Reducing the Explosion Potential of Ammonium Nitrate Fertilizer

  • Taulbee, Darrell (PI)
  • Grove, John (CoI)
  • Schwab, Gregory (CoI)

Grants and Contracts Details

Description

The destructive power of ammonium nitrate (AN) has been graphically demonstrated in a number of malicious attacks from the Alfred P. Murrah Federal building in Oklahoma City to the Marriott Hotel in Jakarta. AN mixed with fuel oil creates a powerful explosive, ANFO, which is often a weapon of choice for acts of terrorism due to its relatively low cost, ready availability, ease of assembly, and magnitude of destructive force unleashed upon detonation. Despite its critical and beneficial role in agriculture, AN has become a vehicle for spreading chaos and an ominous threat to society. This document describes a proposed continuation of research that was initiated in an NIHSfunded project titled Reduction of the Explosion Potential of Ammonium Nitrate by Coating with Low-Cost, Coal Combustion By-Products (2006-07). The initial project focused on an evaluation of CCB coatings as blast mitigants with only a cursory look at the impact such material might have on agriculture or the environment. Results from the prior study demonstrated that AN fertilizer coated with anyone ofthree coal combustion byproducts (CCBs) at 15% or greater by weight was sufficient to stop the propagation of an AN explosion. In this proposal, we intend to extend and broaden that research by focusing on a number of issues that must be addressed before this technology can be considered suitable for agricultural use. Accordingly, the major objectives of the proposed project will be to 1) more fully evaluate the impact of CCB-coated AN fertilizer on agricultural use (plant growth, elemental uptake, application in existing farm equipment), 2) identify potentially harmful environment effects (soil migration and leaching of hazardous elements), 3) obtain independent verification of the reduction in explosivity of coated AN that was observed in the prior study, 4) demonstrate the industrial-scale viability of the proposed CCB/AN coating process, and 5) prepare cost estimates for the commercial production of CCB-coated AN. Assuming favorable findings, it is our overall objective that at the conclusion of this project, no serious technical issues or questions will remain that would impede the commercial implementation of the proposed technology. 4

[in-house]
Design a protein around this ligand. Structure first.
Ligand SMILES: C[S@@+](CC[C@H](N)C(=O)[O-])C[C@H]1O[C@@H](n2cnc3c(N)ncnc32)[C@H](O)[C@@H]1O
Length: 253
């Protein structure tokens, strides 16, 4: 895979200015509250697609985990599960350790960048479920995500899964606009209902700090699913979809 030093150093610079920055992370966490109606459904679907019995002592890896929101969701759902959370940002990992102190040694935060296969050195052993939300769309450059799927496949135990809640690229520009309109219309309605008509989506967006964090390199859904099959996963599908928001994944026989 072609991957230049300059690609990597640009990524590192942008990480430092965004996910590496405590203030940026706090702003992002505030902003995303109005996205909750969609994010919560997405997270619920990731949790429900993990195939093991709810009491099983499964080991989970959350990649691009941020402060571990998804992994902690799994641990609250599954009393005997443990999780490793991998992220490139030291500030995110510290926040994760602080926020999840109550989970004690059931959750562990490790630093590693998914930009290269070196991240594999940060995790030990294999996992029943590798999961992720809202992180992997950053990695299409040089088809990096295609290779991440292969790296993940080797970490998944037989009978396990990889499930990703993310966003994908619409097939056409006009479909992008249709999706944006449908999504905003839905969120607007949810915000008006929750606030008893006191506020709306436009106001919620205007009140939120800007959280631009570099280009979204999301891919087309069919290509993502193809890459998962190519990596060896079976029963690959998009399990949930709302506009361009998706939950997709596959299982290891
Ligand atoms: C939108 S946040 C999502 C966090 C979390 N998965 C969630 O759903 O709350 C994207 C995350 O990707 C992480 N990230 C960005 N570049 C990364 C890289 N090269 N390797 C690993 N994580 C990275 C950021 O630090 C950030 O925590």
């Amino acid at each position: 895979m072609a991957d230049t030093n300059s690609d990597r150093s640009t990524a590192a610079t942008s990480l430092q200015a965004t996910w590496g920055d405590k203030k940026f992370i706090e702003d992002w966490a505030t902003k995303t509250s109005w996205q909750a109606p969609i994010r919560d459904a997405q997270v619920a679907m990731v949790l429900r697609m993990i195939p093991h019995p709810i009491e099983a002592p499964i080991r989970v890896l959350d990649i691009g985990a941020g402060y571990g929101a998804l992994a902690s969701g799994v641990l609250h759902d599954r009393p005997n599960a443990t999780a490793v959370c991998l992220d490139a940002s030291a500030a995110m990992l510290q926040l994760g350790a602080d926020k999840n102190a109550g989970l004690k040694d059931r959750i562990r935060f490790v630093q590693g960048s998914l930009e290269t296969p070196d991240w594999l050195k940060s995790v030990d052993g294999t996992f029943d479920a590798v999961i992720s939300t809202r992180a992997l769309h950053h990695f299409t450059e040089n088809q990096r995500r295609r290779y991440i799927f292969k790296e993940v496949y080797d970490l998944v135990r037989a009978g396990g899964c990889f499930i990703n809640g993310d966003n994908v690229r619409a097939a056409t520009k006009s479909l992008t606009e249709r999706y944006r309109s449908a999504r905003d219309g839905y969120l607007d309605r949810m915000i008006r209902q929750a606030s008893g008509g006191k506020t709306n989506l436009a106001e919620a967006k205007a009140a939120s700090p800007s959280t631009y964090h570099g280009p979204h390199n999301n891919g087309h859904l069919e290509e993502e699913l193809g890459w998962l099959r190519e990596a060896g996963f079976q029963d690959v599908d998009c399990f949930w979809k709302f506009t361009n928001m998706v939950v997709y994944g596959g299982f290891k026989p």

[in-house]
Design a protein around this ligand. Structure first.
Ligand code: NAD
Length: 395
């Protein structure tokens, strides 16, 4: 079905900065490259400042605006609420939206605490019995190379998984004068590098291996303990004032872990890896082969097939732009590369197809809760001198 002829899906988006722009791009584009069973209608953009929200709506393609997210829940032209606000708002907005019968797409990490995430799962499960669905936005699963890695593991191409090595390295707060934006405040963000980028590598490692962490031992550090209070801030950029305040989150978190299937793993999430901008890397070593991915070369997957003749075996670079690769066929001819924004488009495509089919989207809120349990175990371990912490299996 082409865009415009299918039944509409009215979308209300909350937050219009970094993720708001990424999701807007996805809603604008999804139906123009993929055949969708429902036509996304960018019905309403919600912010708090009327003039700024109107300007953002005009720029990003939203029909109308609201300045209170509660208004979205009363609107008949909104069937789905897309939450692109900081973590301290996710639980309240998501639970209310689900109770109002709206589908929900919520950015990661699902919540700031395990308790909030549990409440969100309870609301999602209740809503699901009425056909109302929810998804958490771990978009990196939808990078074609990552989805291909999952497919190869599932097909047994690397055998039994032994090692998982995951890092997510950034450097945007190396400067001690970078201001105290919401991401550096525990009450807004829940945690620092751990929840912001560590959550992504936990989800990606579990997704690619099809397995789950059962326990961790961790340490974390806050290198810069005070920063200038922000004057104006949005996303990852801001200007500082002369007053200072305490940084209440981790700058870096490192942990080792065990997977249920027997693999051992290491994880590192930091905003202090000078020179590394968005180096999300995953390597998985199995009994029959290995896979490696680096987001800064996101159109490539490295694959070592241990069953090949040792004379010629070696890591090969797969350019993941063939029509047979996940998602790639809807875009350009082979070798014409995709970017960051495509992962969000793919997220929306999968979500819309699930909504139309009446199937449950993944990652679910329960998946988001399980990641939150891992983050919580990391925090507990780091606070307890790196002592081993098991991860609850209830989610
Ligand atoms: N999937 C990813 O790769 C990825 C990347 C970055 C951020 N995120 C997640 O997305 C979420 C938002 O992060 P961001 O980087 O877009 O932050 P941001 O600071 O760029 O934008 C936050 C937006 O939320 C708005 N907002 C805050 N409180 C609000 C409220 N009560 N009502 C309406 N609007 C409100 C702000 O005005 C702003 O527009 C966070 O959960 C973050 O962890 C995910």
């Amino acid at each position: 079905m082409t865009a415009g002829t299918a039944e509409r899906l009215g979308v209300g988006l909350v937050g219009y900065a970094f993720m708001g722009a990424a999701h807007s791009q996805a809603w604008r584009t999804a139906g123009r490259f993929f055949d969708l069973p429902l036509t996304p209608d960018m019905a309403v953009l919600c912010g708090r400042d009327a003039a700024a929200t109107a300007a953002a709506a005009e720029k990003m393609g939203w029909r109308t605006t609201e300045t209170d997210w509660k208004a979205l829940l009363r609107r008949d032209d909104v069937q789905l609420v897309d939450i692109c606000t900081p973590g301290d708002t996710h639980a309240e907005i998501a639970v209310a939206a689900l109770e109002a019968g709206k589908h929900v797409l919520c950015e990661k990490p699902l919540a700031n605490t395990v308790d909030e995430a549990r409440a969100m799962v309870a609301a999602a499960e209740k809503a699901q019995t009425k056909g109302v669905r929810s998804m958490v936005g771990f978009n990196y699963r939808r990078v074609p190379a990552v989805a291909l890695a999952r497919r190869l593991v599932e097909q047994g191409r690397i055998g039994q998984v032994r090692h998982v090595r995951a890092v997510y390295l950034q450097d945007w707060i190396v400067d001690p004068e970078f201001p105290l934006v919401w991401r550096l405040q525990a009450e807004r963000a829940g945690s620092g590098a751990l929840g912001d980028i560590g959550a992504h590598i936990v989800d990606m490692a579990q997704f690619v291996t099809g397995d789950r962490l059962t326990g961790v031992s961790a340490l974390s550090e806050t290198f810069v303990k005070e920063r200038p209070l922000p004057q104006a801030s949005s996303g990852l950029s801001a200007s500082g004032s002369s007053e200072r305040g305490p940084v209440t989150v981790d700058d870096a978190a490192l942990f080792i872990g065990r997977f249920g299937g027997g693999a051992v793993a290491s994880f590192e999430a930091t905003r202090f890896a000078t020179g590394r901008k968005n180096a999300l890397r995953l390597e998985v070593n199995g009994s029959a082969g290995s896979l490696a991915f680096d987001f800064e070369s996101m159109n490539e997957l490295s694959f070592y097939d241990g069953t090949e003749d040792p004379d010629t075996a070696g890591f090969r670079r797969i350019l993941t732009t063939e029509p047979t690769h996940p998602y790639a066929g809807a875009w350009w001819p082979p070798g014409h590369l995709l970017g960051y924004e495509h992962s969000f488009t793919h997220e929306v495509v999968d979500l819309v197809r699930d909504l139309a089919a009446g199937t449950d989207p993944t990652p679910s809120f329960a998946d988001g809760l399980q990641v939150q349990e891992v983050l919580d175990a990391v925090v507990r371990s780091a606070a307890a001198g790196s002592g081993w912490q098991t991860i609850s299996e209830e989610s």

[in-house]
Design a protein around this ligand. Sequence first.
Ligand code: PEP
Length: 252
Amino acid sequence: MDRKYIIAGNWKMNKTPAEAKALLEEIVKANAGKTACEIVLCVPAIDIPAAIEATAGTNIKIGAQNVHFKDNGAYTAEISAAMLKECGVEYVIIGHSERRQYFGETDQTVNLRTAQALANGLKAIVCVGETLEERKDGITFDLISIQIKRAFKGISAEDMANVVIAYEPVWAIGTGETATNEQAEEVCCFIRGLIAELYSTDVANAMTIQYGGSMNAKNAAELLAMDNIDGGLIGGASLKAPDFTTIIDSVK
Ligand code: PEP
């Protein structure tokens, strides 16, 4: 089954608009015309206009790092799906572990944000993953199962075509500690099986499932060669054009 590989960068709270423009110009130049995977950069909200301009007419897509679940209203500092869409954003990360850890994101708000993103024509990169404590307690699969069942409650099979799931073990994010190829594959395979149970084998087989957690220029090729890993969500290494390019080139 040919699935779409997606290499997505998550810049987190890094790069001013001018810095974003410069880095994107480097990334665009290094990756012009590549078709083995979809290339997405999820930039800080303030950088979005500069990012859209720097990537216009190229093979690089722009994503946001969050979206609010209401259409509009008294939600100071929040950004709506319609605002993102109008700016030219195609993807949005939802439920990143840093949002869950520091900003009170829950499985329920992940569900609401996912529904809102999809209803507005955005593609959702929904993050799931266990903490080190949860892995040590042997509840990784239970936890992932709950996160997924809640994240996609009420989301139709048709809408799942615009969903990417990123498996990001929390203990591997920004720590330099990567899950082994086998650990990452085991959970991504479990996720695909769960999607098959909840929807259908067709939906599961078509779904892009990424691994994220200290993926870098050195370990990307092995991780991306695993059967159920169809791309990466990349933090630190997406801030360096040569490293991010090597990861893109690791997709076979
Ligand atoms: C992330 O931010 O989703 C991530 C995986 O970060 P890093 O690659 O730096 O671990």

StatusFinished
Effective start/end date3/4/0810/3/10

Funding

  • National Institute for Hometown Security: $835,765.00

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